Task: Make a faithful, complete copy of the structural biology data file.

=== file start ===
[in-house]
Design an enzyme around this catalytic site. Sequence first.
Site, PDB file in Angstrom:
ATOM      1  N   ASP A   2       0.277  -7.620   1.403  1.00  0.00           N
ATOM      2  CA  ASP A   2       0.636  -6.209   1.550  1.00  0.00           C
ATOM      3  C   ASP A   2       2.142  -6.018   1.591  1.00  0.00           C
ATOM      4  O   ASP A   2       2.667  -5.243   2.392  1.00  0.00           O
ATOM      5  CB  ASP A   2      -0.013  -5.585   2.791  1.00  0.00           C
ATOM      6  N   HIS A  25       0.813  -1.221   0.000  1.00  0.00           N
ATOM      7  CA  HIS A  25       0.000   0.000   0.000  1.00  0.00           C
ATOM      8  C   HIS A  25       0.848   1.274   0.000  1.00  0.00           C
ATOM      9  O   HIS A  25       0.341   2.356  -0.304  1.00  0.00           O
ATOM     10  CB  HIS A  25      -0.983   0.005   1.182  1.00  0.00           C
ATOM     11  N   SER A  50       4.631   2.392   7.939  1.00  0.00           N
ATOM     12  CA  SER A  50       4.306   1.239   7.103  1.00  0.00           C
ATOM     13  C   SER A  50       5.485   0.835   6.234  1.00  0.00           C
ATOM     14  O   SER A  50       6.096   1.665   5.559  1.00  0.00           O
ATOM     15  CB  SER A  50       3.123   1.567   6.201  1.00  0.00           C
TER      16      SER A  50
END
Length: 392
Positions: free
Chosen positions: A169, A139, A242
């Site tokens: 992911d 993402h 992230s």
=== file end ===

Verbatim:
[in-house]
Design an enzyme around this catalytic site. Sequence first.
Site, PDB file in Angstrom:
ATOM      1  N   ASP A   2       0.277  -7.620   1.403  1.00  0.00           N
ATOM      2  CA  ASP A   2       0.636  -6.209   1.550  1.00  0.00           C
ATOM      3  C   ASP A   2       2.142  -6.018   1.591  1.00  0.00           C
ATOM      4  O   ASP A   2       2.667  -5.243   2.392  1.00  0.00           O
ATOM      5  CB  ASP A   2      -0.013  -5.585   2.791  1.00  0.00           C
ATOM      6  N   HIS A  25       0.813  -1.221   0.000  1.00  0.00           N
ATOM      7  CA  HIS A  25       0.000   0.000   0.000  1.00  0.00           C
ATOM      8  C   HIS A  25       0.848   1.274   0.000  1.00  0.00           C
ATOM      9  O   HIS A  25       0.341   2.356  -0.304  1.00  0.00           O
ATOM     10  CB  HIS A  25      -0.983   0.005   1.182  1.00  0.00           C
ATOM     11  N   SER A  50       4.631   2.392   7.939  1.00  0.00           N
ATOM     12  CA  SER A  50       4.306   1.239   7.103  1.00  0.00           C
ATOM     13  C   SER A  50       5.485   0.835   6.234  1.00  0.00           C
ATOM     14  O   SER A  50       6.096   1.665   5.559  1.00  0.00           O
ATOM     15  CB  SER A  50       3.123   1.567   6.201  1.00  0.00           C
TER      16      SER A  50
END
Length: 392
Positions: free
Chosen positions: A169, A139, A242
């Site tokens: 992911d 993402h 992230s």